Parties enter into contracts because it is a legally binding agreement between two or more parties. A contract creates certain obligations between the parties to the agreement. In Baton Rouge, Louisiana parties and businesses enter into many different types of contracts.
A former Jefferson Parish restaurant company, Bozo LLC, has recently filed a lawsuit for breach of contract against the restaurant's new owners, Bozo Inc. and Bozo Vodanovich. According to Bozo LLC, the former restaurant company entered into an agreement with Bozo Inc. and Bozo Vodanovich where Bozo LLC would sell its restaurant business to the new owners. A provision of the agreement was that the new owners had to change the restaurant's name to something that was unlike the restaurant's previous name. Under the contract, the new owners would also lease the restaurant building as well as be responsible for the building's real estate taxes.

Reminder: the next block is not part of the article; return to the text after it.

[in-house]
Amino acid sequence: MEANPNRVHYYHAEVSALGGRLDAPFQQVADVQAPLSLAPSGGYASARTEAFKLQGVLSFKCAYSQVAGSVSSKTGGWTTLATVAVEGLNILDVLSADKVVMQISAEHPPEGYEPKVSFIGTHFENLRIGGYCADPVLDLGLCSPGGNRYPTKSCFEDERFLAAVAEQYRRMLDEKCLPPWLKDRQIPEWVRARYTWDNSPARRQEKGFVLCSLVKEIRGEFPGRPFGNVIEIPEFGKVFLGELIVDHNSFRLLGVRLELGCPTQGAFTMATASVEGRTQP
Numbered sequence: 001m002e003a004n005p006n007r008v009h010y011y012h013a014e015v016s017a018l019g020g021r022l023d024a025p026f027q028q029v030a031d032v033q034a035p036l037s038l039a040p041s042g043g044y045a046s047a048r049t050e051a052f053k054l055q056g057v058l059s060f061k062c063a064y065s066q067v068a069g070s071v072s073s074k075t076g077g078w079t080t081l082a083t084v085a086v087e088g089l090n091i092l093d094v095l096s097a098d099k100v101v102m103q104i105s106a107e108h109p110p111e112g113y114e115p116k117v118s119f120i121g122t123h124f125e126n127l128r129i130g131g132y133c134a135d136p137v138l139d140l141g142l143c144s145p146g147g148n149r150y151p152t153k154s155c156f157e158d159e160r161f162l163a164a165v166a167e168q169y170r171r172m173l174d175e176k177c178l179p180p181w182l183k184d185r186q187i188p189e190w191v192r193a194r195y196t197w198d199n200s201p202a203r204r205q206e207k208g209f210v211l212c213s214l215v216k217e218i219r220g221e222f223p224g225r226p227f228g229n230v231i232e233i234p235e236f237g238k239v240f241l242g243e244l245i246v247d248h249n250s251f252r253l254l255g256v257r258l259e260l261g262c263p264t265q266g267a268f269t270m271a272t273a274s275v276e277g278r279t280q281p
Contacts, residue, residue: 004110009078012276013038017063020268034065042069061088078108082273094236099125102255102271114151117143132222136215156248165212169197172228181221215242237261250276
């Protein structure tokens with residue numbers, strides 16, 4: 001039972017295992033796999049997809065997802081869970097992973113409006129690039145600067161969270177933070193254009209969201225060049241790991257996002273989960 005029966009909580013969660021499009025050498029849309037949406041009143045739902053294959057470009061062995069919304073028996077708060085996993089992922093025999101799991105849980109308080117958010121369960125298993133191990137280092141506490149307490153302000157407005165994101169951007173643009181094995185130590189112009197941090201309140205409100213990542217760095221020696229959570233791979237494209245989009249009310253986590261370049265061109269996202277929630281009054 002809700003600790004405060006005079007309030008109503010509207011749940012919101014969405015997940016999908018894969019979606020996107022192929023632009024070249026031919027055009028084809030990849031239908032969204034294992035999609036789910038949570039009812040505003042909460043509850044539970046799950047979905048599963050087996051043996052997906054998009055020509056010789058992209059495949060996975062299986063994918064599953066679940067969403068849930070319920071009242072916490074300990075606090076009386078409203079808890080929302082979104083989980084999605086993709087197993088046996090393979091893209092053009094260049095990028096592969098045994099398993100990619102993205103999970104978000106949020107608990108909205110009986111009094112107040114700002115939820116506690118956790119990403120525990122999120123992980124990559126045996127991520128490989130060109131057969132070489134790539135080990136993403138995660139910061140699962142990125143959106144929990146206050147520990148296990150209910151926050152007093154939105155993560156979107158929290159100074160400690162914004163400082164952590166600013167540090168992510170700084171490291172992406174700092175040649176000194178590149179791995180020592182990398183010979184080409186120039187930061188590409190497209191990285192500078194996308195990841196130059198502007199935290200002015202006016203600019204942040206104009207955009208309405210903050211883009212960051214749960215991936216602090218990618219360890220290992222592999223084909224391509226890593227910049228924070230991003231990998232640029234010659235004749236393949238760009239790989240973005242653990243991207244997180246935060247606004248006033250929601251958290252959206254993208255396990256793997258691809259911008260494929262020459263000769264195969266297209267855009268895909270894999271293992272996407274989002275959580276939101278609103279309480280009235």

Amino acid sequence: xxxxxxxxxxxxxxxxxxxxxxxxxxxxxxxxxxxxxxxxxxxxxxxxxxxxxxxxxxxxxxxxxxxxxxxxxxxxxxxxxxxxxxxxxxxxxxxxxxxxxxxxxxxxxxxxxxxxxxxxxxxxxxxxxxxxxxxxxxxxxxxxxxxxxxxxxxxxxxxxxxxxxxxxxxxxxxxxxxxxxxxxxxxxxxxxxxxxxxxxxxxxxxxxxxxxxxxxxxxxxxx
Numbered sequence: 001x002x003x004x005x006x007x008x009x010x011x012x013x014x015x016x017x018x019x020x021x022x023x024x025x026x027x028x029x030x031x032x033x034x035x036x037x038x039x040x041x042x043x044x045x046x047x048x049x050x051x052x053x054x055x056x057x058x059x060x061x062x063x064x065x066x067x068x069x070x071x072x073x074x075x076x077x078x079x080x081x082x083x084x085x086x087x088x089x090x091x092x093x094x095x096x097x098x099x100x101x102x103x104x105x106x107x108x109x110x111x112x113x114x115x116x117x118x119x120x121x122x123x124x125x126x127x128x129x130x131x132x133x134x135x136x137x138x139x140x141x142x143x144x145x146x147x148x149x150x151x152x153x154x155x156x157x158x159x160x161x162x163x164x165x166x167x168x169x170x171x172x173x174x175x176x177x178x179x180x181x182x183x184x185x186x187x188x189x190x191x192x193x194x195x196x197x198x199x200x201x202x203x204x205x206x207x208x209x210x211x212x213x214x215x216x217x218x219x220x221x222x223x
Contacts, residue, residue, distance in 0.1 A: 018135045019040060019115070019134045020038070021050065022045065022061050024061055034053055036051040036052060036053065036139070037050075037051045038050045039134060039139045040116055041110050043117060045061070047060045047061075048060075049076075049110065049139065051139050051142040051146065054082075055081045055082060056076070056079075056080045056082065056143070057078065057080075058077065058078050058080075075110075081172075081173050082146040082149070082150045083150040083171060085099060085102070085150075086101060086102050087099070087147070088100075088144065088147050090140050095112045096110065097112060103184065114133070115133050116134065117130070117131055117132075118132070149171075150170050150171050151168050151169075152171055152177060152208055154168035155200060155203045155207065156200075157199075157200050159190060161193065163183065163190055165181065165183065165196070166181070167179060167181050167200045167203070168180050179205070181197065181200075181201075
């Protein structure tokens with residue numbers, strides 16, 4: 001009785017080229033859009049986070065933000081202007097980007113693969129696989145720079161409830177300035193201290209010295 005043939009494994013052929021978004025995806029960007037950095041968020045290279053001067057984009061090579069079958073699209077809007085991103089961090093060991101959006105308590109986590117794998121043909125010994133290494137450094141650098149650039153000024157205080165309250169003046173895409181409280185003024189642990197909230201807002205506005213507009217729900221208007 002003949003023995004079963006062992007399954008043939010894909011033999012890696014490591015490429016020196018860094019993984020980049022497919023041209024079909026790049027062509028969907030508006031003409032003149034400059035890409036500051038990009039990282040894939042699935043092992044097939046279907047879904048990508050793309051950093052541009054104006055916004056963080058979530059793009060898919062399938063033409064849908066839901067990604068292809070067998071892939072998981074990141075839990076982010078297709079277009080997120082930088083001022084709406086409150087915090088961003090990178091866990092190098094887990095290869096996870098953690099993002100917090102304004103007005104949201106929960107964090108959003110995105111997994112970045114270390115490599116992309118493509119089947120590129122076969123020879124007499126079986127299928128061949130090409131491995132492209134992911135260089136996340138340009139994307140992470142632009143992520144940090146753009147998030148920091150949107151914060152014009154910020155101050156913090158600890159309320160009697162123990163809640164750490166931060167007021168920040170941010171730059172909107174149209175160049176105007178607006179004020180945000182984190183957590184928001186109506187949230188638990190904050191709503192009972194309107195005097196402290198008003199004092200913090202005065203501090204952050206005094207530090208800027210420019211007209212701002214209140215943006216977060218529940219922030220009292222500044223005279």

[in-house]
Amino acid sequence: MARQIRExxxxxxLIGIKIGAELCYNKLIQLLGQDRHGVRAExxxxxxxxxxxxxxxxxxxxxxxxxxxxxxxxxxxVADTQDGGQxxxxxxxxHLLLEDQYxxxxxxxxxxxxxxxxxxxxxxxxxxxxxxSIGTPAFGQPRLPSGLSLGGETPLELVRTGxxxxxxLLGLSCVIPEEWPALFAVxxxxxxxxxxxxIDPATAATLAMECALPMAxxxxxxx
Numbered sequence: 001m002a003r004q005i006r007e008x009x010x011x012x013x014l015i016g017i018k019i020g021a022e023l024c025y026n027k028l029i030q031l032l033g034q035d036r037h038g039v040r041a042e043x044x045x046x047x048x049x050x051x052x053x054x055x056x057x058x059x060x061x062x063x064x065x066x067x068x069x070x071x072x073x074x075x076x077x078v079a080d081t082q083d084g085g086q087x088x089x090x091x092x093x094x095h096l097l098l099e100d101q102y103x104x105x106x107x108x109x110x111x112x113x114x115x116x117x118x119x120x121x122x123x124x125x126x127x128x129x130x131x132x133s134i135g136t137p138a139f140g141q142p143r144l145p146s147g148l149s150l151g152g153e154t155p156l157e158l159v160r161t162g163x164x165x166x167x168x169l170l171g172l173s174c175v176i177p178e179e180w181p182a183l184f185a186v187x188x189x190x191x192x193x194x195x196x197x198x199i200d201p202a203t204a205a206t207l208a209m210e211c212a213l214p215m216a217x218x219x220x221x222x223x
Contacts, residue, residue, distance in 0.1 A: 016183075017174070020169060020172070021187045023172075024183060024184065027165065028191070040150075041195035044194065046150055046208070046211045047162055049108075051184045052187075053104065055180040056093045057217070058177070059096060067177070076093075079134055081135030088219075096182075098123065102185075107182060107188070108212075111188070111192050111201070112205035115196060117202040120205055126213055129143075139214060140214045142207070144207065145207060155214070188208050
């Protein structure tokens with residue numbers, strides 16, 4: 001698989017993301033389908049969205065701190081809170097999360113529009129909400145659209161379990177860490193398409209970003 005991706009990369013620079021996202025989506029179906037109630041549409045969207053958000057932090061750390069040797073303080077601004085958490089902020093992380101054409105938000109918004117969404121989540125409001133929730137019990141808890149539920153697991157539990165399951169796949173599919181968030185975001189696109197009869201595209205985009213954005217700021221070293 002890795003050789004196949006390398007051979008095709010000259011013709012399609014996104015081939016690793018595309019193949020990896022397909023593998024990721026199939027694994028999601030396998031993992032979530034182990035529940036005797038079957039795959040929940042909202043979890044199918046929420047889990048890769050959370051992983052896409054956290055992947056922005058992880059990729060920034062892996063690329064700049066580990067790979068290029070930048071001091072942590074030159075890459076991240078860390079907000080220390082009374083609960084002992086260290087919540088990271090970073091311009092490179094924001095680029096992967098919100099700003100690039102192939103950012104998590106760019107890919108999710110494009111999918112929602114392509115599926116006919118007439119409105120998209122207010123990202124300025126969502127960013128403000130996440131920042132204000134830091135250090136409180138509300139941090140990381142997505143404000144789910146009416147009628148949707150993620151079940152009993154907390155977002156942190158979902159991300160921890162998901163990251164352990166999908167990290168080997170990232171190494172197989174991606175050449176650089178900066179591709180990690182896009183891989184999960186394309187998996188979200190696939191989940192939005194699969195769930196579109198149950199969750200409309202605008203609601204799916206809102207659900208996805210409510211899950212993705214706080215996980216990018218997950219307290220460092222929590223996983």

Bozo LLC claims that not only did Bozo Inc. and Bozo Vodanovich not pay the real estate taxes, it also intentionally disregarded the provision requiring the restaurant's name to be unlike its previous name. The new owners changed the restaurant's name from Bozo's to Bozo Vodanovich. As a result of the alleged breach, the former restaurant owner is seeking $250,000 in damages.
If a party to an agreement fails to fulfill his or her obligations under the contract, that party has breached the contract. Any violation of contraction terms may be grounds for a breach of contract suit. The non-breaching party may sue the breaching party and either seek to have the contract enforced or recover for financial harm.
Here, if the court finds that Bozo Inc. and Bozo Vodanovich violated its contract with Bozo LLC by using a similar name and failing to pay real estate taxes, Bozo Inc. may be entitled to the recovery of damages.
Source: The Louisiana Record, "Bozo's restaurant sued by former owner for breach of contract," Kyle Barnett, Feb. 19, 2013